ttons. the best public schools with high
sobool grades, telephone and telegraph
T. .i.. .mtnllLi churches and
all that goes to add to the comfort and
convenience oi muurn. .-.
More than 60v acres are susceptible
of Irrigation. Land has Incrensed In
value from $1 and IS an acre to K50 and
Chief Industries of Country.
- iw.,.trli ere dairying.
fruit and the raising of hay. potatoes
and produce. There Is no codling mom.
All kinds of garden produce, small
fruits, cherries, plums, apples anJ grass
. . .... -,-li-M v well.
pronucu w - -
The marvel of the Serjulm section Is
the cheapneas with wuun me wairr
Irrigating purpose is secured and th
ease with whicn it is p.aceo
Already b acres nave orcu k'"
. . - - mini nnt for Hitch Con
aer wn7r ' - -
- ptructlon of II1.S00. A new high line
ditch, from which 1000 acrea will be
Irrigated. Is to be btillt.
Se.iulm Is the first place In 'W.tern
n. . i . n . . 4jmftnKtralF the fessl-
nasiuiiK'u - i
blllty and advantages of Irrigation and
It has more man luirm"!
i - tr- nmmoirn. Water richts
MUKUiun - - f-
lost practicaily nothing and cost of
malntensnce or oitcnes is tj """
MtnlVfl snrt the
1 ne wurr ' - -
productlvenesa and posslSUiUc of te
soil are beyond calculation. From the
a-aate water or the aucnes omer ym .
of the county are Increasing the pro
ductiveness of their already very profit
While Nature has endowed the Olym
pic Peninsula with fertile agricultural
land. Immense timber resources and
great mineral wealth. It has not been
negligent In placing within Its borders
A mtAti f-n1ur lakes
of entrancing beauty and rivers of Irre
sistible charm. In tiauam luuiuj -
I.Ike that nas a national reuu-
a.rtamon's Pmrsrllie." lshermen
come every season from all sections or
the United States to cast their lines In
the placid waters or mm .resceni.
. l V. itlvtnnli T1 H II r -
in im iiwi j ...
rounded by Its towering peaks lies this
emerald gem. a shimmering Inland sea
of laughing, rippling water. So great Is
Its depth that In places no figure can
be put upon It, so marvelous its color
that no adjective can describe It- The
virgin forest which completely covers
the surrounding bills adds charm to the
exquisite scene, which world-wide trav
elers have described as unsurpassable.
Its lengin is i- raiif" im -les
from three-quarters of a mile to
Well-Known Resorts Nearby,
rn ill ilinrn nf Lake Crescent are
several well-conducted hotels and re
sorts which offer every convenience ana
facility to the tourist. Accommodation
t th.. tnhllshments is taxed to Its
utmost throughout the tonrlst season.
On th south side ot me iaae are m
Summer home of Seattle, Victoria and
Port Angeles bankers, business and
professional men. The building of Sum
mer homes .continues each year.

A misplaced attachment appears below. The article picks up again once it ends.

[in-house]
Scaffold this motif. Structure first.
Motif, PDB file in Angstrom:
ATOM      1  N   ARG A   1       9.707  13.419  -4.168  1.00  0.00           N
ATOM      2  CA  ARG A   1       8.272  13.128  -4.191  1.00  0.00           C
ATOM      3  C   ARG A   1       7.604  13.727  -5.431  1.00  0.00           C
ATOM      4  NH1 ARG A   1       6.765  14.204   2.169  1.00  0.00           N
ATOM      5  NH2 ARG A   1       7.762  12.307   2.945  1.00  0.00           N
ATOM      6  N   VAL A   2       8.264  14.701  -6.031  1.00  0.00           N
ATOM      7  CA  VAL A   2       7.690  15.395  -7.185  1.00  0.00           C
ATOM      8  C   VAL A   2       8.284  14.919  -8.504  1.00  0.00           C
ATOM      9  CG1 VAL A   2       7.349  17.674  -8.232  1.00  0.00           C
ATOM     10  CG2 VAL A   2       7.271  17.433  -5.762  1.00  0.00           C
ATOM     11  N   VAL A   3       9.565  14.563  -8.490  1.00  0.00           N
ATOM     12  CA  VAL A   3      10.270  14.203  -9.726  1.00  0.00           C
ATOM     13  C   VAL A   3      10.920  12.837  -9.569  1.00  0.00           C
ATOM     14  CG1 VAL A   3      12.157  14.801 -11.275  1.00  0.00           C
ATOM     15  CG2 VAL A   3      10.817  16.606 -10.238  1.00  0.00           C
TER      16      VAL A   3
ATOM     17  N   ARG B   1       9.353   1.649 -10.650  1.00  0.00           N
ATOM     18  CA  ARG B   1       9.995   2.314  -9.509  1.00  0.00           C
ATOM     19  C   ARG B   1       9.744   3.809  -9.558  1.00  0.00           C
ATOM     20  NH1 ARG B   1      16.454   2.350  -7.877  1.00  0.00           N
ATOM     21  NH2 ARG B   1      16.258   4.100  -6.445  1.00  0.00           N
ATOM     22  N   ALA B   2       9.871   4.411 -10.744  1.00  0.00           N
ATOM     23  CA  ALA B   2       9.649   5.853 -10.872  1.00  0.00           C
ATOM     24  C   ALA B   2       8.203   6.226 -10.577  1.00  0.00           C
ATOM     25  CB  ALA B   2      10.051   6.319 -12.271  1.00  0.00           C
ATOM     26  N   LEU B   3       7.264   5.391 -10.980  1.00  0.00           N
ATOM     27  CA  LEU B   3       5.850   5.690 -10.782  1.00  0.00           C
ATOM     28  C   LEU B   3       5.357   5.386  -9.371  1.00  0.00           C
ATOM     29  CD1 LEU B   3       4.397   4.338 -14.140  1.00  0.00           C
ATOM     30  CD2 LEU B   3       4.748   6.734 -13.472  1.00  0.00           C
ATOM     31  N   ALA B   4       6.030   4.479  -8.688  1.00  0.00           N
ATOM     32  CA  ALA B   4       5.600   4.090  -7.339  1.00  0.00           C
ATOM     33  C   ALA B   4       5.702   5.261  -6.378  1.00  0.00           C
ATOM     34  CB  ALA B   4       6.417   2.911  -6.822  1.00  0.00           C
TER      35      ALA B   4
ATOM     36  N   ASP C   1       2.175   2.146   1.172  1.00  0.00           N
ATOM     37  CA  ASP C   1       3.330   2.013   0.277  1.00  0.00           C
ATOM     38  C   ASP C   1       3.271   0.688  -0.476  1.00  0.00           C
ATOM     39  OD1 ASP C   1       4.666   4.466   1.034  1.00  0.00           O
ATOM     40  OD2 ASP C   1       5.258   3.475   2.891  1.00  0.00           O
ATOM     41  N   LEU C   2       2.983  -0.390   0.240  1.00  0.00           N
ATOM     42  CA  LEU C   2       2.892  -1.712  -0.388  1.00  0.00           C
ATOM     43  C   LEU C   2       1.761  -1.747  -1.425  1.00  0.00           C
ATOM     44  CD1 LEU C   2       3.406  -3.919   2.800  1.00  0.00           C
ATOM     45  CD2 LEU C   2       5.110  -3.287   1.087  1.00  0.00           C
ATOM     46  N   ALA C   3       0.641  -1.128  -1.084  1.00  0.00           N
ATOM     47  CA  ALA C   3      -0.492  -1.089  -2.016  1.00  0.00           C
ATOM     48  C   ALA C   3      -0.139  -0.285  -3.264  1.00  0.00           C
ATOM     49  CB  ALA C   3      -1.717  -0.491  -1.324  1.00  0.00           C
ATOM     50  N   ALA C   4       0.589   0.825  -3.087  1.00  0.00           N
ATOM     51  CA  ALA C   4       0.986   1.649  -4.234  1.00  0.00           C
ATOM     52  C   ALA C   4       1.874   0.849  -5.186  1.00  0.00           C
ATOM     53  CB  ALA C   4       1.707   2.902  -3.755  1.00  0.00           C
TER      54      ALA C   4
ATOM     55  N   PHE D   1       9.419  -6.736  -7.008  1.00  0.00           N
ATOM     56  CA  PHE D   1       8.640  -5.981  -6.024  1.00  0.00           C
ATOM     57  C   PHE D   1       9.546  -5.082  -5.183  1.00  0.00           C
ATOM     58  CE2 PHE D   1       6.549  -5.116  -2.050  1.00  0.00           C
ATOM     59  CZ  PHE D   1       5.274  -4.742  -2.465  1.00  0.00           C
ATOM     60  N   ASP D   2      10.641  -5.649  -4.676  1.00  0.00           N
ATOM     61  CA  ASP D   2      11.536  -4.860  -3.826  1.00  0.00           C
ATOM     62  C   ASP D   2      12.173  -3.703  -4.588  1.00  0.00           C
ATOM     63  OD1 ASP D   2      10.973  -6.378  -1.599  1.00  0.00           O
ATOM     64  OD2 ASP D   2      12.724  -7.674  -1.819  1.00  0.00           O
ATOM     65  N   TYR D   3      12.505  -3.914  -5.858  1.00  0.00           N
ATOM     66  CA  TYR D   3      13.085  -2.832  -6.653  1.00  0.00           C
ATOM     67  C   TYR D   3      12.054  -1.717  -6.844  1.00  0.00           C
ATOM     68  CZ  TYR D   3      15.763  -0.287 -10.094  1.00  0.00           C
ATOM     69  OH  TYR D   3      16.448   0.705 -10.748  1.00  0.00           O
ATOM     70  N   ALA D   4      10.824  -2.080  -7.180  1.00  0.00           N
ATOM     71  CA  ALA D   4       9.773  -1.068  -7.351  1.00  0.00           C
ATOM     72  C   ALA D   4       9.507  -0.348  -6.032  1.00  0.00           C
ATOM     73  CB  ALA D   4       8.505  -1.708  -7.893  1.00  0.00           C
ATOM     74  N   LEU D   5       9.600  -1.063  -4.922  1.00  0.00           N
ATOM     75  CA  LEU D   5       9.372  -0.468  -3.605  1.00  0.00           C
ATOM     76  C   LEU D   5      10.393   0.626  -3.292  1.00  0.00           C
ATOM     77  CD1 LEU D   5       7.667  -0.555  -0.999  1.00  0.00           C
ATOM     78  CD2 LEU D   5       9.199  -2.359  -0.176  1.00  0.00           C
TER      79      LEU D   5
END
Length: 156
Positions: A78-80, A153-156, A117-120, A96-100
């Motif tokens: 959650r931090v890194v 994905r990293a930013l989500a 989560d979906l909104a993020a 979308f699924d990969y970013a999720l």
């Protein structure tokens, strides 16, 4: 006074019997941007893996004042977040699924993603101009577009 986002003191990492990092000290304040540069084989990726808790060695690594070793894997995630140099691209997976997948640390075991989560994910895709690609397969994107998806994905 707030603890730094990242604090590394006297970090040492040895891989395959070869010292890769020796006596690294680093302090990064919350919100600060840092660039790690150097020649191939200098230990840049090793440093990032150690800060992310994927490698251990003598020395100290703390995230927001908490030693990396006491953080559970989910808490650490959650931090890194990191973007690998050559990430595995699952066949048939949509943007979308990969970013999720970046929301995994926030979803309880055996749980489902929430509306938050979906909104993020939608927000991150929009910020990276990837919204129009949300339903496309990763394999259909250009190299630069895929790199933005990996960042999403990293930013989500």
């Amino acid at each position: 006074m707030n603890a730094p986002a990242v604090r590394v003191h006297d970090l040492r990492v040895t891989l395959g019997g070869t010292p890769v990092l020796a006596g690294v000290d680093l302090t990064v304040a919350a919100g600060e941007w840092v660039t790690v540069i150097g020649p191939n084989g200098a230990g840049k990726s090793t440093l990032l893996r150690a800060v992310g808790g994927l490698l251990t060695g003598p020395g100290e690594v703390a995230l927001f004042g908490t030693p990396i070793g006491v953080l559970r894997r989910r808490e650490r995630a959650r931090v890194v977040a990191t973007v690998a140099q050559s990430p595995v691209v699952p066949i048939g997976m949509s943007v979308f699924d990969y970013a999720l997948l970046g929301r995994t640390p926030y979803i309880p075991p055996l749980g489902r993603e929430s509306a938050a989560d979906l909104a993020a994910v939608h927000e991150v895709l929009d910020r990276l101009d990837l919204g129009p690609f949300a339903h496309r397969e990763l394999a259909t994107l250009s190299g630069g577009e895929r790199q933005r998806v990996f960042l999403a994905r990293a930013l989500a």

The Olympic Power company is or
.niTl fnr t h, nuriioae of developing a
valuable water power In the foothills of
the Olympic Mountains aooui
miles to the northwest of Port Angeles.
it. mA nt furnlshln: electric power
to the cities of Port Angeles. Port
Townsend. Irondsle ana to innei
States Forts Worden. Casey and Flag
l.r In -the vlllarea of MadlOCk. Ludlow.
Uullcene and other places on the Olym
pic Peninsula; to me uniiea cisiee
Navy Yard at Bremerton ana to inuus-i-i.
nniunt and to be In the counties
of Clallam, Jefferson and Kitsap. Its
authorised capital is i:... t
directors have authorised bonds to be
i..ii.m t the amount of ST50.000. Of the
amount. $.1S0.0o0 has been Issued and
the proceeds are available. tor construc
tion of a plant for the development of
r .u.it kr..,. nr electric enersv and
building a dam capable of producing
The company has a su-year irincnm
mntmA hv th eonntv comm Issloners of
Jefferson and Clallam Counties over the
principal county roads or said counties
for Its transmission lines, substations.
hln a tMihlli- tiervlre corDOra-
tlori. It Is. under the laws of Washing
ton for 1907. autnorixed to conaemn
lands for rights of way over private
property and for other purposes.
STREETS TO BE PAVED
HIM.SBORO WILL ALSO INSTALL
On Roth These Improvements $130.-
000 Will Be Spent Town Is En
joying Building Boom.
t,t c?-vrs-ft i-k l. v SQnee1eT )
niUji'mKv, ' - ' - 1
The City Council this evening unani
mously adopted a resolution to pave um
i ft... !.. -r r-AA 1 a tnil In addition
to pave the entire street around the
Courthouse. The paving district em
braces 11 blocks and covers Jlaln. from
First to Fourth: Washington, from Sec
ond to Third; Lincoln, from First to
Second: First, from Main to Ll-coln:
Third, from Lincoln to Washington, and
Second, rrom Baseline to unram.
The City Engineer's estimate places
the cost at approximately 6.000. and
the property owners will have 10 years
to take up the bond Issue.
A resolution was also aaopiea pr-
i . 1 1 y. Mnatriirilan of a com
plete sanitary and storm sewer sys
tem covering not only me ousmesa ac
tion but the residence district.
The total budget for paving and
in --.-k iiso ftno. and bonds
will be advertised as soon as the reso-
utions shall have oeen pumnutu iw
Hlllsboro Is enjoying a building boom
... . i in 1 1 1 ft when the AatoiMa
South Coast Railroad Company, fi
nanced by William Held, graded three